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May 26, 2005

Fragrance review: Guerlain Chamade (New and Vintage)

Cd

Rated 4.5 out of 5.0

Star rating: 5 stars--outstanding/potential classic, 4 stars--very good, 3 stars--adequate, 2 stars--disappointing, 1 star--poor.

Created by Jean Paul Guerlain in 1969, Chamade was a homage to Françoise Sagan’s novel La Chamade. Symbolizing a quick beating of the heart of those in love, "Chamade" is another enchanting name given to the Guerlain creation. It is a blend, dominated primarily by hyacinth and blackcurrant. As Moslih Saadi, Persian poet who lived in 13th c said,

If of thy mortal goods thou art bereft
And from thy slender store two loaves (of bread) alone to thee are left
Sell one, and with the dole
Buy hyacinths to feed thy soul.”

Although hyacinth is one of my favorite flowers, I find that its lush exotic scent is often rendered as oily and heavy in perfumery. This is the case with Chamade, which starts out with a heavy green hyacinth note, however blackcurrant adds a tangy green layer, which cuts through the richness.

The extrait de parfum is miles away from the lighter eau de toilette. The green note gives way to a beautiful accord that seems to shine like a diamond in the sunlight. Chamade takes its time to develop completely, but the wait is worth it. It is elegant and sensual like Catherine Deneuve in Belle de Jour. Even though Belle de Jour is more of a Nahéma character, I imagined prim and proper Séverine Serizy to be wearing Chamade. Every time I smell it, I envision her walking down the street in a chic black Yves Saint Laurent coat and a buckled shoes, gazing around surreptitiously before stepping into her other world of Belle de Jour. Moreover, the bottle is beautiful, and I would acquire Chamade just for that multilayered heart-shaped flacon designed by Raymond Guerlain a year before he passed away.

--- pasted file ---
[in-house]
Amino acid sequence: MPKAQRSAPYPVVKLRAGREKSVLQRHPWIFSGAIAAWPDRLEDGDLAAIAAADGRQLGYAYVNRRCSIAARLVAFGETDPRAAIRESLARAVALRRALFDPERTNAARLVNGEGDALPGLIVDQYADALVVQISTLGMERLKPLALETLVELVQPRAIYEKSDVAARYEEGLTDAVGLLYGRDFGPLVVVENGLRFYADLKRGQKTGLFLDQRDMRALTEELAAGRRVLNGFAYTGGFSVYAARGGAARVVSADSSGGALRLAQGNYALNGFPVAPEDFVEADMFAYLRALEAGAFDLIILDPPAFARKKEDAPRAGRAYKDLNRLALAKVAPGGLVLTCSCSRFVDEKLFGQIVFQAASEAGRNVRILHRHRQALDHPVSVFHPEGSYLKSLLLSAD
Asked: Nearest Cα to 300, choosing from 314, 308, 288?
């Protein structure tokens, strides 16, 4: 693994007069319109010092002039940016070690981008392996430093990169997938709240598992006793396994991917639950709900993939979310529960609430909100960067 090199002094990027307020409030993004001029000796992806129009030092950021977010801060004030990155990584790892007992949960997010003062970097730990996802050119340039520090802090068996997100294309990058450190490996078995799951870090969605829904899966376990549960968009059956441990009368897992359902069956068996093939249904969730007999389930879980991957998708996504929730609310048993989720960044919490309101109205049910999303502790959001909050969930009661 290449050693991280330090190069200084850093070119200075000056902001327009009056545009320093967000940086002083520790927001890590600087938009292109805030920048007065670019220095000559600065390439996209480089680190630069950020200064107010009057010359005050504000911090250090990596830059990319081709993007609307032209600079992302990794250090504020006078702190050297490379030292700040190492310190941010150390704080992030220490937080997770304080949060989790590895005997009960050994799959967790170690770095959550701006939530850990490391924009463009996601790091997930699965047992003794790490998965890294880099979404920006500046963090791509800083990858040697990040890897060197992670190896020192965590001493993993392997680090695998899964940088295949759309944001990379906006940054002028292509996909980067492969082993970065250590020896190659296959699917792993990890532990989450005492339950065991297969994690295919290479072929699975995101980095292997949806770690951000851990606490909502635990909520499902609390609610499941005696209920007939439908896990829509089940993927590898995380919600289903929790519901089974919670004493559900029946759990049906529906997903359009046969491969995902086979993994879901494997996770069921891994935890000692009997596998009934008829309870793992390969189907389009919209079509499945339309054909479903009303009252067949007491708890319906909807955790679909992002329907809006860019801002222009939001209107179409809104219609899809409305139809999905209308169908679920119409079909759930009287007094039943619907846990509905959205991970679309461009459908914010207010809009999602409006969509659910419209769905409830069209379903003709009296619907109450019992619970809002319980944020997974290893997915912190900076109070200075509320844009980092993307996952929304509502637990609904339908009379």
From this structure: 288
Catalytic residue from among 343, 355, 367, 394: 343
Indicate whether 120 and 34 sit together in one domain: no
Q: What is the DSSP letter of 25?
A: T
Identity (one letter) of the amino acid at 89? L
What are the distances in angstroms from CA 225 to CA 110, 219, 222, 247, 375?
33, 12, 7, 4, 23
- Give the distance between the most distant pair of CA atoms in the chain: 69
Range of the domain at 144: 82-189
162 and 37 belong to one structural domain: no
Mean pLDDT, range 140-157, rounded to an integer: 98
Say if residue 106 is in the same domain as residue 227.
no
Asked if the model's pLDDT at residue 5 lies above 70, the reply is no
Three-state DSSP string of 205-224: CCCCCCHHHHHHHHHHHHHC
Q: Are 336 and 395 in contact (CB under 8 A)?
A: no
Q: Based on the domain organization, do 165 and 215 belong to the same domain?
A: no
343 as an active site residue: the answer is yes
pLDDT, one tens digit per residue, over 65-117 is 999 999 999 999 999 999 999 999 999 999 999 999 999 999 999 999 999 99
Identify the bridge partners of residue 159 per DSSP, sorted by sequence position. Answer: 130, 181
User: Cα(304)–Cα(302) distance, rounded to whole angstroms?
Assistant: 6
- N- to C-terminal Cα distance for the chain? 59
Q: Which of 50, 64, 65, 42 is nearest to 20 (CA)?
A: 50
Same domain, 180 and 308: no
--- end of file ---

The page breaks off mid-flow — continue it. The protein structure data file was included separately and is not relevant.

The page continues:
Guerlain Chamade includes notes of Turkish rose, ylang ylang, jasmine, lilac, blackcurrant bud, lily of the valley, hyacinth, cassis, galbanum, sandalwood, vetiver, vanilla, musk, amber, iris and tonka bean.

On Reformulation (added 12/17/10):
The parfum smells thinner and more attenuated compared to the original version, with a stronger vanilla note coming through in the drydown. That being said, it is still a great composition and its green floral character set against a modern oriental accord is beautiful. Nice sillage. Chamade Eau de Toilette is excellent, with a nice tenacity. Compared to the older (1990s) versions of the EDT, the new one is good, green, vibrant, exhibiting the beautiful contrast between cool and warm notes.  It is thinner, but overall, it is a good reformulation.

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